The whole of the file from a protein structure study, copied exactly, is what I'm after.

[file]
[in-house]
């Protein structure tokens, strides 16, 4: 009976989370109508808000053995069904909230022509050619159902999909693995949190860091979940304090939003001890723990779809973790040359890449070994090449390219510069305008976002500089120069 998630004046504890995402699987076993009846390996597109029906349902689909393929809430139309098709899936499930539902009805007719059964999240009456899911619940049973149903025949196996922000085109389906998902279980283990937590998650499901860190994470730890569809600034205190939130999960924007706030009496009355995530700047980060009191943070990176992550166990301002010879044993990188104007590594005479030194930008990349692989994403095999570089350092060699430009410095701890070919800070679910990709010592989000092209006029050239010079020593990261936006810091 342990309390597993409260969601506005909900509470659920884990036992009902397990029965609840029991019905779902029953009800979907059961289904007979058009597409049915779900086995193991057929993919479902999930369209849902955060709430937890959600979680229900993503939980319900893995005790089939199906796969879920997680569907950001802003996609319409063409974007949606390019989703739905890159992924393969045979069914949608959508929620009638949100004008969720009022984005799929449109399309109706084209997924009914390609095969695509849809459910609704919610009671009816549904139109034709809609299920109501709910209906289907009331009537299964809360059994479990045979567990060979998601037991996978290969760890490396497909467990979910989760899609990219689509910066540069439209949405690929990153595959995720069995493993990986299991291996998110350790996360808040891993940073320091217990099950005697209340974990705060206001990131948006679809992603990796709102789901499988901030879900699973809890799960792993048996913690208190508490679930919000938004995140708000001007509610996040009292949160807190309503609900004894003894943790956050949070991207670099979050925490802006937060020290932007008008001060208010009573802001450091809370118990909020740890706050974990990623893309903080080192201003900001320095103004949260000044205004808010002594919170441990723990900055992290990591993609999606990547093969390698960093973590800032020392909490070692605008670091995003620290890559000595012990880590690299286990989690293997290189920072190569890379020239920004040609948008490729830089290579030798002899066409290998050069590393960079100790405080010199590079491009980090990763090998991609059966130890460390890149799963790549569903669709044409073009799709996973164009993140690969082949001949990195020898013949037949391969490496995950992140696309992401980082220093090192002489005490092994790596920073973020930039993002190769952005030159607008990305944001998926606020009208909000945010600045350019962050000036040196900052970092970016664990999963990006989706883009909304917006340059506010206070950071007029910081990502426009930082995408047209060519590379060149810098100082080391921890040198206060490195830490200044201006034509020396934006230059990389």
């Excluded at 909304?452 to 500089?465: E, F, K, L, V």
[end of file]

[in-house]
């Protein structure tokens, strides 16, 4: 009976989370109508808000053995069904909230022509050619159902999909693995949190860091979940304090939003001890723990779809973790040359890449070994090449390219510069305008976002500089120069 998630004046504890995402699987076993009846390996597109029906349902689909393929809430139309098709899936499930539902009805007719059964999240009456899911619940049973149903025949196996922000085109389906998902279980283990937590998650499901860190994470730890569809600034205190939130999960924007706030009496009355995530700047980060009191943070990176992550166990301002010879044993990188104007590594005479030194930008990349692989994403095999570089350092060699430009410095701890070919800070679910990709010592989000092209006029050239010079020593990261936006810091 342990309390597993409260969601506005909900509470659920884990036992009902397990029965609840029991019905779902029953009800979907059961289904007979058009597409049915779900086995193991057929993919479902999930369209849902955060709430937890959600979680229900993503939980319900893995005790089939199906796969879920997680569907950001802003996609319409063409974007949606390019989703739905890159992924393969045979069914949608959508929620009638949100004008969720009022984005799929449109399309109706084209997924009914390609095969695509849809459910609704919610009671009816549904139109034709809609299920109501709910209906289907009331009537299964809360059994479990045979567990060979998601037991996978290969760890490396497909467990979910989760899609990219689509910066540069439209949405690929990153595959995720069995493993990986299991291996998110350790996360808040891993940073320091217990099950005697209340974990705060206001990131948006679809992603990796709102789901499988901030879900699973809890799960792993048996913690208190508490679930919000938004995140708000001007509610996040009292949160807190309503609900004894003894943790956050949070991207670099979050925490802006937060020290932007008008001060208010009573802001450091809370118990909020740890706050974990990623893309903080080192201003900001320095103004949260000044205004808010002594919170441990723990900055992290990591993609999606990547093969390698960093973590800032020392909490070692605008670091995003620290890559000595012990880590690299286990989690293997290189920072190569890379020239920004040609948008490729830089290579030798002899066409290998050069590393960079100790405080010199590079491009980090990763090998991609059966130890460390890149799963790549569903669709044409073009799709996973164009993140690969082949001949990195020898013949037949391969490496995950992140696309992401980082220093090192002489005490092994790596920073973020930039993002190769952005030159607008990305944001998926606020009208909000945010600045350019962050000036040196900052970092970016664990999963990006989706883009909304917006340059506010206070950071007029910081990502426009930082995408047209060519590379060149810098100082080391921890040198206060490195830490200044201006034509020396934006230059990389």
């Excluded at 909304?452 to 500089?465: E, F, K, L, V």